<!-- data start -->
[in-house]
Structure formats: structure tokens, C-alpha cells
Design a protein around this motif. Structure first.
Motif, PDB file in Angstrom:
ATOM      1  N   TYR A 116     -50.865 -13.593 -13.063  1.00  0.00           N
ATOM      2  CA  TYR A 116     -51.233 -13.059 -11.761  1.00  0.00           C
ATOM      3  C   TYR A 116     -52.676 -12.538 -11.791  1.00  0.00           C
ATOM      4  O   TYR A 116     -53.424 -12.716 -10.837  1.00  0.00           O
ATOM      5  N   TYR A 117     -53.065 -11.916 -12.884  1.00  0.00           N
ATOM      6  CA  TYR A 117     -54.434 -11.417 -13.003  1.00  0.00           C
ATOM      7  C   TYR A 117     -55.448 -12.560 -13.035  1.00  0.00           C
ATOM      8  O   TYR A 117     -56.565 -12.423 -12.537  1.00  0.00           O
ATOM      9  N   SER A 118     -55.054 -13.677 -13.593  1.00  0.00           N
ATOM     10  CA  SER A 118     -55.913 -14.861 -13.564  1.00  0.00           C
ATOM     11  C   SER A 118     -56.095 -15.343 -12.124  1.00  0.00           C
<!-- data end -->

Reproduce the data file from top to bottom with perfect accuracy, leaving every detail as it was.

[in-house]
Structure formats: structure tokens, C-alpha cells
Design a protein around this motif. Structure first.
Motif, PDB file in Angstrom:
ATOM      1  N   TYR A 116     -50.865 -13.593 -13.063  1.00  0.00           N
ATOM      2  CA  TYR A 116     -51.233 -13.059 -11.761  1.00  0.00           C
ATOM      3  C   TYR A 116     -52.676 -12.538 -11.791  1.00  0.00           C
ATOM      4  O   TYR A 116     -53.424 -12.716 -10.837  1.00  0.00           O
ATOM      5  N   TYR A 117     -53.065 -11.916 -12.884  1.00  0.00           N
ATOM      6  CA  TYR A 117     -54.434 -11.417 -13.003  1.00  0.00           C
ATOM      7  C   TYR A 117     -55.448 -12.560 -13.035  1.00  0.00           C
ATOM      8  O   TYR A 117     -56.565 -12.423 -12.537  1.00  0.00           O
ATOM      9  N   SER A 118     -55.054 -13.677 -13.593  1.00  0.00           N
ATOM     10  CA  SER A 118     -55.913 -14.861 -13.564  1.00  0.00           C
ATOM     11  C   SER A 118     -56.095 -15.343 -12.124  1.00  0.00           C